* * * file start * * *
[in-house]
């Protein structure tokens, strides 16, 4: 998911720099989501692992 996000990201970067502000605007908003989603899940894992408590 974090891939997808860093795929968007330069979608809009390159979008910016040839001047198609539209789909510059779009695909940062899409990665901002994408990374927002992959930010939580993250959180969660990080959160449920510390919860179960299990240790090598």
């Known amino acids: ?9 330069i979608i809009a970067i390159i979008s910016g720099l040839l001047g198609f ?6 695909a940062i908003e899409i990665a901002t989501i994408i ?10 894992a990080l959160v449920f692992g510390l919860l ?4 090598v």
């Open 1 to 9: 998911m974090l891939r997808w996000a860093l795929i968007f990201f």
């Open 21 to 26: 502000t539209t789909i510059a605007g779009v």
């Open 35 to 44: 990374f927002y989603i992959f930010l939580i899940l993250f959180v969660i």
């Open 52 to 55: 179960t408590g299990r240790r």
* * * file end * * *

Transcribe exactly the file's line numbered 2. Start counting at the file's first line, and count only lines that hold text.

């Protein structure tokens, strides 16, 4: 998911720099989501692992 996000990201970067502000605007908003989603899940894992408590 974090891939997808860093795929968007330069979608809009390159979008910016040839001047198609539209789909510059779009695909940062899409990665901002994408990374927002992959930010939580993250959180969660990080959160449920510390919860179960299990240790090598």